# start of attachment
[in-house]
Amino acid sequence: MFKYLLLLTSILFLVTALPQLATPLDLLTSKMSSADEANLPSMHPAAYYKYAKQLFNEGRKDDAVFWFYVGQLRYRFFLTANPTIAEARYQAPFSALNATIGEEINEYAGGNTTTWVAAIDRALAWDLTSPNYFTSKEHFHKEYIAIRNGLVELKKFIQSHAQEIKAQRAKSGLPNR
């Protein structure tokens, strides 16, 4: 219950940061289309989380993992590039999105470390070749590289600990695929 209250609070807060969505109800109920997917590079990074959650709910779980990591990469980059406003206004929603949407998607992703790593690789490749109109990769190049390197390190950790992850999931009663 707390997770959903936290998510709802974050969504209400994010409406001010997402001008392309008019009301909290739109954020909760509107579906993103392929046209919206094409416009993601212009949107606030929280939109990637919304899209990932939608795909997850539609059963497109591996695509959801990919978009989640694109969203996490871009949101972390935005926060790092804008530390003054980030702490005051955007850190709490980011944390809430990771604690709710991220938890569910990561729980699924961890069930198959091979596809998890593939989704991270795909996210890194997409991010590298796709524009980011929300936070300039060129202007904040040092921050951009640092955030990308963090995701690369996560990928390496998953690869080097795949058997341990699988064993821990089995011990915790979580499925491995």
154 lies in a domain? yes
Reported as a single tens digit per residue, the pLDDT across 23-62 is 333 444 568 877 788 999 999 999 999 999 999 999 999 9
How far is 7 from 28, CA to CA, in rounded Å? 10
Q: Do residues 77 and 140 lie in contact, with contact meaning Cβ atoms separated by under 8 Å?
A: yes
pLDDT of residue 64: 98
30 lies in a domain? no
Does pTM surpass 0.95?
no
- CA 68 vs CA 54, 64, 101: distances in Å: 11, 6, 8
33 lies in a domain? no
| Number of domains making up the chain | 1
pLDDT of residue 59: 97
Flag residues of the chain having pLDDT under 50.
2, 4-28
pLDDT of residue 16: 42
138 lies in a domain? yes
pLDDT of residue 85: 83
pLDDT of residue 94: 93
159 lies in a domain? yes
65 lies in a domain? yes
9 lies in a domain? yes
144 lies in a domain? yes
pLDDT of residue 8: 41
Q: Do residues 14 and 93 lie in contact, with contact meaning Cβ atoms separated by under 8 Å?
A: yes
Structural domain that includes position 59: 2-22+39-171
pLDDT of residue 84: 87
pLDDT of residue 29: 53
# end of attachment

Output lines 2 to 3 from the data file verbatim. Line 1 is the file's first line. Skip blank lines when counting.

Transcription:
Amino acid sequence: MFKYLLLLTSILFLVTALPQLATPLDLLTSKMSSADEANLPSMHPAAYYKYAKQLFNEGRKDDAVFWFYVGQLRYRFFLTANPTIAEARYQAPFSALNATIGEEINEYAGGNTTTWVAAIDRALAWDLTSPNYFTSKEHFHKEYIAIRNGLVELKKFIQSHAQEIKAQRAKSGLPNR
């Protein structure tokens, strides 16, 4: 219950940061289309989380993992590039999105470390070749590289600990695929 209250609070807060969505109800109920997917590079990074959650709910779980990591990469980059406003206004929603949407998607992703790593690789490749109109990769190049390197390190950790992850999931009663 707390997770959903936290998510709802974050969504209400994010409406001010997402001008392309008019009301909290739109954020909760509107579906993103392929046209919206094409416009993601212009949107606030929280939109990637919304899209990932939608795909997850539609059963497109591996695509959801990919978009989640694109969203996490871009949101972390935005926060790092804008530390003054980030702490005051955007850190709490980011944390809430990771604690709710991220938890569910990561729980699924961890069930198959091979596809998890593939989704991270795909996210890194997409991010590298796709524009980011929300936070300039060129202007904040040092921050951009640092955030990308963090995701690369996560990928390496998953690869080097795949058997341990699988064993821990089995011990915790979580499925491995």